Legal experts agreed on Tuesday that the Jerusalem District Court’s acquittal of former prime minister Ehud Olmert on two of the largest charges against him has dealt a major blow to the State Attorney’s Office.
The verdict is particularly damaging to State Attorney Moshe Lador, who very publicly pledged to take personal responsibility for the case against the former prime minister.
Significantly, in 2008, before Olmert was indicted, Lador pushed for New York businessman Moshe Talansky to give pre-trial testimony in the case.
When Olmert’s lawyers fought that decision in court earlier that year, the state attorney told the Supreme Court that without such testimony from Talansky, the state may not be able to muster a case against the former prime minister.
In that hearing, Olmert’s attorneys slammed Lador’s move as “creating a situation that would leave the prosecution no choice but to put the prime minister on trial.”
Immediately after Tuesday’s verdict, Lador did not issue a statement, but Jerusalem District Attorney Eli Abarbanel told reporters that his office was “surprised” by the court ruling.
However, in a rare move on Tuesday afternoon, Lador held a press conference defending his decision to indict Olmert, saying there had been reasonable grounds to do so and that if the State Attorney’s Office had not pressed charges it would have failed to carry out the task assigned to it.
But calls by MKs as well as Olmert’s lawyers and friends throughout Tuesday for Lador to resign over the matter served as a reminder of how aggressively the state attorney pursued the indictment against the former prime minister.
Earlier this year, while the trial was still ongoing, Olmert sued Lador for defamation, after the state attorney described Olmert’s acceptance of a loan from American businessman Joe Almaliah as “extraordinarily scandalous” in a 2011 newspaper interview.
Judges in the Tel Aviv District Court harshly condemned Lador’s conduct, including after the State Attorney’s Office demanded he have immunity against prosecution. Olmert withdrew the suit last week after the state attorney formally apologized.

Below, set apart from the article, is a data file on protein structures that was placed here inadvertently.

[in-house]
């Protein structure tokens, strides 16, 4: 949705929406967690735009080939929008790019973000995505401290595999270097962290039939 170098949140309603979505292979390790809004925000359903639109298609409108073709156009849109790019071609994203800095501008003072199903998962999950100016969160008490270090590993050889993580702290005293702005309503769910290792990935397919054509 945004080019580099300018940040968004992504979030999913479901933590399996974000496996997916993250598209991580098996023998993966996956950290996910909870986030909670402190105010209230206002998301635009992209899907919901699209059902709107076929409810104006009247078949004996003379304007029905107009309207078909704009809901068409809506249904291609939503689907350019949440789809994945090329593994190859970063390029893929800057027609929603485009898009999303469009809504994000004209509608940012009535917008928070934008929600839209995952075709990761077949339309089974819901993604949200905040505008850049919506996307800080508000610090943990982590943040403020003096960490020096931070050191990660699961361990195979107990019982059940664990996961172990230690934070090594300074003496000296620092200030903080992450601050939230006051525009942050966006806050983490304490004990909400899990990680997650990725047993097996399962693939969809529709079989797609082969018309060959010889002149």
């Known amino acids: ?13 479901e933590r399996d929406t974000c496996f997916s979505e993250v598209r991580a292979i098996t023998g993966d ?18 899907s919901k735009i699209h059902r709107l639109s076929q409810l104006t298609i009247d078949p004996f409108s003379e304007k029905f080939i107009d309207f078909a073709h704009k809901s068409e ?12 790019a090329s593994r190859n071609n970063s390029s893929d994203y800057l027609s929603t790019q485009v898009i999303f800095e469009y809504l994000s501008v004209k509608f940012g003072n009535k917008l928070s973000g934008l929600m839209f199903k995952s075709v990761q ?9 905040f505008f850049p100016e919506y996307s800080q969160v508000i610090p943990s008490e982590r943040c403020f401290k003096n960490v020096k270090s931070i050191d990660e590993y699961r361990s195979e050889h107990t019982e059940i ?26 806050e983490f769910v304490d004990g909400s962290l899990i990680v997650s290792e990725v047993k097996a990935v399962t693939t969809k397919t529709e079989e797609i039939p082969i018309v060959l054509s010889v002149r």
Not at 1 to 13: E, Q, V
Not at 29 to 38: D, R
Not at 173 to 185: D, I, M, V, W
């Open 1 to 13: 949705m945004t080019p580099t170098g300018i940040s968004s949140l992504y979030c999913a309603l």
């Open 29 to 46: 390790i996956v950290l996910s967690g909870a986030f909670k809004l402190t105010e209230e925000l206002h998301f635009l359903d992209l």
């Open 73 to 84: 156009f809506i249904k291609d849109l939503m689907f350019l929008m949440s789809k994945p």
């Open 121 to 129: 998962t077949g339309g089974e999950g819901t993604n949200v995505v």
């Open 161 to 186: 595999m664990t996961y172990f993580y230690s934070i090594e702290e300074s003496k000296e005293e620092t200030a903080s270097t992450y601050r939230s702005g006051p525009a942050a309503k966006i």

Prof. Yoram Shachar, a criminal law expert from the Interdisciplinary Center in Herzliya, said Olmert’s exoneration should prompt the prosecution to conduct a major heshbon nefesh, or soul searching.
“The State Attorney’s Office now needs to take a good, hard look at its campaign against government corruption,” Shachar told The Jerusalem Post.
Olmert’s exoneration has significant political ramifications as well as legal ones, since the former premier has now been acquitted of the very same charges that forced his resignation in 2009.
Shachar said the prosecution’s method of uprooting corruption “from the bottom up” had tended to result in minor officials being convicted – like Shula Zaken, Olmert’s former bureau chief in the Rishon Tours affair – because it was easier to prove the charges against them.
“The prosecution should stick to clear-cut cases, where the facts are easy to prove, and avoid bringing more trivial cases to court,” Shachar said, adding that the country’s law enforcement has been “over zealous” in bringing corruption cases to trial.
He added: “The State Attorney’s Office in Israel has considerable discretion in prosecuting cases, and they should use it, especially when dealing with major political figures.”
Instead of bringing every corruption allegation to court, Shachar said the country needs to put in place different measures to guard against petty corruption, including of the type the prosecution alleged in the Rishon Tours case.
The state comptroller could implement tighter controls on public officials’ management of public spending, and government offices could introduce stricter disciplinary procedures to deal with such matters, he suggested.
Meanwhile, Shachar praised Jerusalem District Court President Moussia Arad and judges Jacob Zaban and Moshe Sobel for what he called a “courageous” decision that went against the tide of public expectation.
“The judges showed that there is power in the law, by rising above politics and media noise to give their verdict,” he added.
However, other legalists said the prosecution had done its job correctly by bringing charges against the former prime minister.
Dr. Chaim Shine, an expert in the philosophy of law at the Sha’are Mishpat College of Legal Studies, argued that the state should now move to “strengthen” the prosecution to help it in its war on government corruption.
“The court said that in the case of the Investment Center affair, Ehud Olmert acted against the interests of his government position,” Shine told the Post. “In the other cases, the court ruled that there is a thin line separating deceit and criminal deceit, and it was not proven that [Olmert] crossed that line.” Shine noted that the court had not criticized the prosecution at all.
Meanwhile, Prof. Gideon Rahat, a political scientist at the Hebrew University of Jerusalem, said the ultimate significance of Olmert’s acquittal would be decided by the media and not by the courts.
“There will be a media war, and a lot of spin,” he said, adding that he believed Olmert would continue to be involved in politics.
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